Within the residential sector, while single-family construction spending has been increasing for the last three months, both multifamily and homeowner remodeling have declined pretty much over the same period. Were it not for the gains in single-family construction over the last few months, total residential construction would be down even more.

Foreign Trade Deficit Improves

The foreign trade situation improved slightly in October, by 4.7%, for a deficit of $53 billion for the month. The improving deficit was the result of a decline in the “goods” balance, which was helped by a $4.5 billion drop in U.S. imports, even though our exports also fell, but by a smaller $1.8 billion.

At the same time, the “services” balance fell modestly by 0.6%, or just under $100 million. The U.S. traditionally exports more in services than it imports, resulting in a favorable balance.

The chart below shows that the trade balance hovered around the $45  billion mark until the middle of last year, when it worsened to above $50 billion, the result of the imposition of tariffs on Chinese goods and that nation’s ensuing retaliation.

Interest Rates Stay Flat

Mortgage rates did not move at all last week; the 30-year, fixed rate remained at 3.68%. The Chairman of the Federal Reserve Bank very nearly gave a signal that the Fed will not raise rates in the near future, since the governors do not see inflation rising.

The stability of the 30-year mortgage rate is paralleled by other mortgage rates, such as the 15-year fixed rate, as well as the 5- and 1-year rates. The three rates are depicted in the chart below, which shows the plateau they have reached since July, after falling by approximately 1% in the first half of 2019.

Manuel Gutierrez, Consulting Economist to NKBA

Explanation of NKBA’s Economic Indicators Dashboard

The dashboard displays the latest value of each economic indicator with a colored triangle that highlights visually the recent trend for each of the drivers. “Green” is a positive signal, indicating that the latest value is improving; “Yellow,” as it’s commonly understood, denotes caution because the variable may be changing direction; “Red” indicates that the variable in question is declining, both in its current value and in relation to the recent past.

Note that all the data, except for “mortgage rate” and “appliance-store sales” are seasonally adjusted and are represented at annual rates.

Remodeling Expenditures. This is the amount of money spent on home improvement projects during the month in question. It covers all work done for privately owned homes (excludes rentals, etc.). The data are in billions of dollars and are issued monthly by the U.S. Department of Commerce.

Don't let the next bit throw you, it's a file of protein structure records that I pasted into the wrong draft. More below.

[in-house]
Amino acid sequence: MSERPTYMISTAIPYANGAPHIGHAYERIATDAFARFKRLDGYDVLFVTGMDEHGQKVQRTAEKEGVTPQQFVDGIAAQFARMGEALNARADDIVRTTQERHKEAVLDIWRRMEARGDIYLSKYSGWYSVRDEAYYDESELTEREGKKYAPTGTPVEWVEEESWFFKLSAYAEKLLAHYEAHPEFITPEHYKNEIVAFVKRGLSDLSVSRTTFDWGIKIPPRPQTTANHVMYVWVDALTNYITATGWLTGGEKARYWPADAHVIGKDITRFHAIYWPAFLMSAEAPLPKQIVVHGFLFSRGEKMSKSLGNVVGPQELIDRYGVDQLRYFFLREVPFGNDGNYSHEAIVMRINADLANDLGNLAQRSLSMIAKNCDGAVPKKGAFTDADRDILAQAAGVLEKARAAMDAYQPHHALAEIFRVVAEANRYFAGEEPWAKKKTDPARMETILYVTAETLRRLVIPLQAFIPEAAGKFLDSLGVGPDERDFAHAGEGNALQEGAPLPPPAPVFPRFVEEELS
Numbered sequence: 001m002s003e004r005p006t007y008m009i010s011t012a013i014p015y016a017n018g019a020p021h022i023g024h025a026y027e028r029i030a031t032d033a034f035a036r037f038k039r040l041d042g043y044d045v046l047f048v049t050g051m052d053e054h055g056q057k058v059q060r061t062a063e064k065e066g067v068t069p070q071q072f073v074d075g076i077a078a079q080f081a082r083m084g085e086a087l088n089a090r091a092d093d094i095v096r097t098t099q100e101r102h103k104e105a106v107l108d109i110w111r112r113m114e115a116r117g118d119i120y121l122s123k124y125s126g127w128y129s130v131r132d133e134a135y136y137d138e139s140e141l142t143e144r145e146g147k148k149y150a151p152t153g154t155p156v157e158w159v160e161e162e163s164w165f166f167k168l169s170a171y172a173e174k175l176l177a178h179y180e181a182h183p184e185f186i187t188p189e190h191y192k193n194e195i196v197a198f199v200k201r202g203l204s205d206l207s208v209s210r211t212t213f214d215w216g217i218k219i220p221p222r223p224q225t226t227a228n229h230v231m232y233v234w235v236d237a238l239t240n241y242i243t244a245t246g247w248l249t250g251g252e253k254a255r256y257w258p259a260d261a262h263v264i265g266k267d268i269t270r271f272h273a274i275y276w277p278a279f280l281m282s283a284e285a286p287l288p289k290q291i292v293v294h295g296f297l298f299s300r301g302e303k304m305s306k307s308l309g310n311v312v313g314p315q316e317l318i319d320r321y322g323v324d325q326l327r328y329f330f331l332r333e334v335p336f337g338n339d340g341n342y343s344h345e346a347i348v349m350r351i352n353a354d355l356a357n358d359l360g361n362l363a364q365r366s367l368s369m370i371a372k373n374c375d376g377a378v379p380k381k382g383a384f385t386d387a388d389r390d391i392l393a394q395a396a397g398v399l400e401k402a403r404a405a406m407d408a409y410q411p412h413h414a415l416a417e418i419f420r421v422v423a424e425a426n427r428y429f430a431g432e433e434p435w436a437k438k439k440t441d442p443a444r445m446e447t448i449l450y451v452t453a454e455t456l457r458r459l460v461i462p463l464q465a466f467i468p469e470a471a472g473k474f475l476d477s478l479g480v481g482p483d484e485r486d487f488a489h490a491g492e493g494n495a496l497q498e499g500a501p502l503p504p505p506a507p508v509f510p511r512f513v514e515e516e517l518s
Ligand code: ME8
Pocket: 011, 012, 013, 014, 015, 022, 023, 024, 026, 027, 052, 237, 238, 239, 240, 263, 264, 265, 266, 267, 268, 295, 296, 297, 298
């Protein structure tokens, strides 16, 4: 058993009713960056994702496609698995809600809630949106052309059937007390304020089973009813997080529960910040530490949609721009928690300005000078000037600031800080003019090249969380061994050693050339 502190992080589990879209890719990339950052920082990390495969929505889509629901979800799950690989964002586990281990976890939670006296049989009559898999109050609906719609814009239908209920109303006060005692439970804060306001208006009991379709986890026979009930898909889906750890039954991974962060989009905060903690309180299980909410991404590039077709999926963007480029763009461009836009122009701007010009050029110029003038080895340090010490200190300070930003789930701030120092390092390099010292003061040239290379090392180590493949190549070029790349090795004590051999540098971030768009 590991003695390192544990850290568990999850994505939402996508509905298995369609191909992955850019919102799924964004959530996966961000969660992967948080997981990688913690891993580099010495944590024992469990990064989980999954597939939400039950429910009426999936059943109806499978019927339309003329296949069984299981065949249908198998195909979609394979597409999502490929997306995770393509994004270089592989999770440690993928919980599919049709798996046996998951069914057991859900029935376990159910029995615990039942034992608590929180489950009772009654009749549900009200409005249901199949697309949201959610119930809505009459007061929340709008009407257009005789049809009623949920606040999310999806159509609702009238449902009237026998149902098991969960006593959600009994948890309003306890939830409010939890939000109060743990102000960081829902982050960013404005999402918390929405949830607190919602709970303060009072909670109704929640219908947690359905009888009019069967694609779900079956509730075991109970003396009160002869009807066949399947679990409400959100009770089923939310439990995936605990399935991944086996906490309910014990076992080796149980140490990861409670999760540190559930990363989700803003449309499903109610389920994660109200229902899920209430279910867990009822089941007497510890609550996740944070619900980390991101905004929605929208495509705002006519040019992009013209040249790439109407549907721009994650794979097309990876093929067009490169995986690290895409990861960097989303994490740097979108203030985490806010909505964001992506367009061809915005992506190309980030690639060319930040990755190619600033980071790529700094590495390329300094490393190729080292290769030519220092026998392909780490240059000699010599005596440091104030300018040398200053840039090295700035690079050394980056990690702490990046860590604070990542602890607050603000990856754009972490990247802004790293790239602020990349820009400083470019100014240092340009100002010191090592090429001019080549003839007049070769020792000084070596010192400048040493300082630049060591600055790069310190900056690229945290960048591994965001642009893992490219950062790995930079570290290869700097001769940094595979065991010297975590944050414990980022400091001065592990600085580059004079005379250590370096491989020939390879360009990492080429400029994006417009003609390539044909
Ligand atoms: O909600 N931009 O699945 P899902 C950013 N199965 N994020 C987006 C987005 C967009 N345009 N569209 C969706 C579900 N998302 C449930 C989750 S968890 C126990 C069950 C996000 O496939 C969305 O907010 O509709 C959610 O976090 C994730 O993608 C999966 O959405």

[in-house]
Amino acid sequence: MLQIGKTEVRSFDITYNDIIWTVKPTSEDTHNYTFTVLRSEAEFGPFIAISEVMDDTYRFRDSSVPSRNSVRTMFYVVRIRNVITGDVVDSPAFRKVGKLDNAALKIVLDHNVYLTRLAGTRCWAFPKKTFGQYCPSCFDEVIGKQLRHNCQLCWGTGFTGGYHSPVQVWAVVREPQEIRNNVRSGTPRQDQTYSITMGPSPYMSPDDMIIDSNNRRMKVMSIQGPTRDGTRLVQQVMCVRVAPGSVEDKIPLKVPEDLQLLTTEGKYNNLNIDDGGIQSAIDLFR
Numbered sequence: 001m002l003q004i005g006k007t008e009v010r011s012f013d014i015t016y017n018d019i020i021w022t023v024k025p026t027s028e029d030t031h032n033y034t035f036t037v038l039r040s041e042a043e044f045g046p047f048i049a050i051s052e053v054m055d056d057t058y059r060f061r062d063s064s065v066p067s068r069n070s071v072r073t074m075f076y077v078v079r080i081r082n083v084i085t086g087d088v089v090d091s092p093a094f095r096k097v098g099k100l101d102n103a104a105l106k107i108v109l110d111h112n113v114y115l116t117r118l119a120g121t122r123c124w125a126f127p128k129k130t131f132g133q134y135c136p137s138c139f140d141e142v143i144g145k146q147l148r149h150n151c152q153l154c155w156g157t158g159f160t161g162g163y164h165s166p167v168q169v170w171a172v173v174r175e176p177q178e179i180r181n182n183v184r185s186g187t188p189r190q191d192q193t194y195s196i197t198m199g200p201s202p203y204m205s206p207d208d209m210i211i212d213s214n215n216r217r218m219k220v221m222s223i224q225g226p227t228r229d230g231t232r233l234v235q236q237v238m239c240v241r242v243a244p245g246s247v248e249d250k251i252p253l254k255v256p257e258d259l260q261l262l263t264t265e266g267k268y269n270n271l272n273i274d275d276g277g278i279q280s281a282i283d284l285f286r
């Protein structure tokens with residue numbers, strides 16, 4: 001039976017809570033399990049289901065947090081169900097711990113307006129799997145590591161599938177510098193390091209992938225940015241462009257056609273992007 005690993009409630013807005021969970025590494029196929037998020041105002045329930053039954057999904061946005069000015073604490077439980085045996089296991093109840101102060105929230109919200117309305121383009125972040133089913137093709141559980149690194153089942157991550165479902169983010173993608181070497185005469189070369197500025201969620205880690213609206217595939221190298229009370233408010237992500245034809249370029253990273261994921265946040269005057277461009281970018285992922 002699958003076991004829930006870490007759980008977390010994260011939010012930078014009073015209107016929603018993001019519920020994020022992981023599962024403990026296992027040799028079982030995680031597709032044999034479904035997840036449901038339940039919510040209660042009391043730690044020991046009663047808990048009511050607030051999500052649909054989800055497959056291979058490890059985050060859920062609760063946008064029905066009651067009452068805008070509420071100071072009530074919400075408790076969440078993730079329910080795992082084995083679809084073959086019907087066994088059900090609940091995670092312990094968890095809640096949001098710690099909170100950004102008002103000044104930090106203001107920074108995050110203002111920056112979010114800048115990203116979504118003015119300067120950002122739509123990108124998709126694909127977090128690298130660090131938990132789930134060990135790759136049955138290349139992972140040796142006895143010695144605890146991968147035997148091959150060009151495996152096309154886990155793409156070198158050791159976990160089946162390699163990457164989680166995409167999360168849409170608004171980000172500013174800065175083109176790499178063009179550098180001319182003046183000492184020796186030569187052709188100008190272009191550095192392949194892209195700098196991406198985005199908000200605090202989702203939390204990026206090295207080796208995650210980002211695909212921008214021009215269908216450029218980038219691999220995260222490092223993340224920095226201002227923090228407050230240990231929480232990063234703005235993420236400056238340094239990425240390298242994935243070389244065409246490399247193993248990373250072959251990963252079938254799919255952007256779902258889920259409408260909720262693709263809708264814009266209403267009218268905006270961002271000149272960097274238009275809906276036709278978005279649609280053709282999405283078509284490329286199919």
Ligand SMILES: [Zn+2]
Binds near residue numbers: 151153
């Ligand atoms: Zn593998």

Single-Family Starts.  This is the number of single-family houses for which construction was started in the given month. The data are in thousands of houses and are issued monthly by the U.S. Department of Commerce.

Existing-Home Sales. These data are issued monthly by the National Association of Realtors and capture the number of existing homes that were sold in the previous month.

High-End Home Sales. This series are sales of new homes priced at $500,000 and higher. The data are released quarterly by the U.S. Department of Commerce and are not seasonally adjusted. Thus, a valid comparison is made to the same quarter of prior year.

Mortgage Rate. We have chosen the rate on 30-year conventional loans that is issued by the Federal Home Loan Mortgage Corporation (known popularly as Freddie Mac.) Although there are a large number of mortgage instruments available to consumers, this one is still the most commonly used.

Employees in Residential Remodeling. This indicator denotes the number of individuals employed in construction firms that do mostly residential remodeling work.

Building-Materials Sales. These data, released monthly by the Department of Commerce, capture total sales of building materials, regardless of whether consumers or contractors purchased them. However, we should caution that the data also includes sales to projects other than residential houses.

Appliance-Store Sales. This driver captures the monthly sales of stores that sell mostly household appliances; the data are stated at an annual rate. We should not confuse this driver with total appliance sales, since they are sold by other types of stores such as home centers.

We hope you find this dashboard useful as a general guide to the state of our industry. Please contact us at Feedback@nkba.org if you would like to see further detail.